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Thanks for the 1848 U.S. history lesson | READER COMMENTARY

This is where James Marshall's discovery started the Gold Rush in 1848. Today's sawmill on the South Fork of the American River is a replica of the original. (Rich Pedroncelli/Associated Press).
This is where James Marshall's discovery started the Gold Rush in 1848. Today's sawmill on the South Fork of the American River is a replica of the original. (Rich Pedroncelli/Associated Press). (Rich Pedroncelli / Associated Press)

I sincerely appreciate Joe Mathews’ commentary, “East Coast American’s warring over the dates 1619 and 1776 should take a look at 1848 out West” (Oct. 1), as I had not considered the change in mentality that accompanied the Gold Rush (“the dream of instant wealth won in the twinkling by audacity and good luck”) in contrast to the challenge of acquiring a better life, little by little by farming in the original colonies.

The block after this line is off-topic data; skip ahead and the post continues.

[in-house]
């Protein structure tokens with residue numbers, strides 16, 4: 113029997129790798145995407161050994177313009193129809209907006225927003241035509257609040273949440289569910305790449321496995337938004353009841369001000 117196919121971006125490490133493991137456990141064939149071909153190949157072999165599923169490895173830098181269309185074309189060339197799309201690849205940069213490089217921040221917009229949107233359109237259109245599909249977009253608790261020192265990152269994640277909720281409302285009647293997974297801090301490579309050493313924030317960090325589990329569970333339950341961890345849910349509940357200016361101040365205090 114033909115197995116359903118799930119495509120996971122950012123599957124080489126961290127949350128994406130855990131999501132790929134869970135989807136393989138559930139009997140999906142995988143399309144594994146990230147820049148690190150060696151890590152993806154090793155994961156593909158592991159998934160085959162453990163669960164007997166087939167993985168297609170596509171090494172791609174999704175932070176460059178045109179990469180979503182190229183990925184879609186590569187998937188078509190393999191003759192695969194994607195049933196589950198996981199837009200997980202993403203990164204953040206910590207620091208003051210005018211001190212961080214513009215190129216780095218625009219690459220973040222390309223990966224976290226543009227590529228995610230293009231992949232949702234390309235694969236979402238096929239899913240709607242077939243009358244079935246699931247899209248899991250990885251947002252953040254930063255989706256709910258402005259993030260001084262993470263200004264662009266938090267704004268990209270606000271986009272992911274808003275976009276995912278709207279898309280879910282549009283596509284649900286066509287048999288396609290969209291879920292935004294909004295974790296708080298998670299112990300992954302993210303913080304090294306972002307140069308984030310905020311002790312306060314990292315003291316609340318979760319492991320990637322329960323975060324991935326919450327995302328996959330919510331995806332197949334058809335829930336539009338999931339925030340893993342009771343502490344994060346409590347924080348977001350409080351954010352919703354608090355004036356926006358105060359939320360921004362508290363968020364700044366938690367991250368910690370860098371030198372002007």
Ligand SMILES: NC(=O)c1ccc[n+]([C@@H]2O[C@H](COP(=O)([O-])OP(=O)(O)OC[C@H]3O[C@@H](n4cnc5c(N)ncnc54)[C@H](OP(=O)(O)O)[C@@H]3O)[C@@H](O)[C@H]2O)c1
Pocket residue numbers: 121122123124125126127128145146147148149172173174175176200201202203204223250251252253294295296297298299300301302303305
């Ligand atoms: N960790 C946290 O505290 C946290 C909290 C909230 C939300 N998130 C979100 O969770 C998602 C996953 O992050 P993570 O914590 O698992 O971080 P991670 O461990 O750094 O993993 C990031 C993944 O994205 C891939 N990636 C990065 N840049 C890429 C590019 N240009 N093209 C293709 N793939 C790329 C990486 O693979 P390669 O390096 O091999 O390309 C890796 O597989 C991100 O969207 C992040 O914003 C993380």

Of course I lament regularly the treatment of Mexico in the 1848 war, but this new angle, including the change in immigration brought about by the Gold Rush, was a new concept for me. Thank you for carrying this piece.

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Marilyn Carlisle, Baltimore

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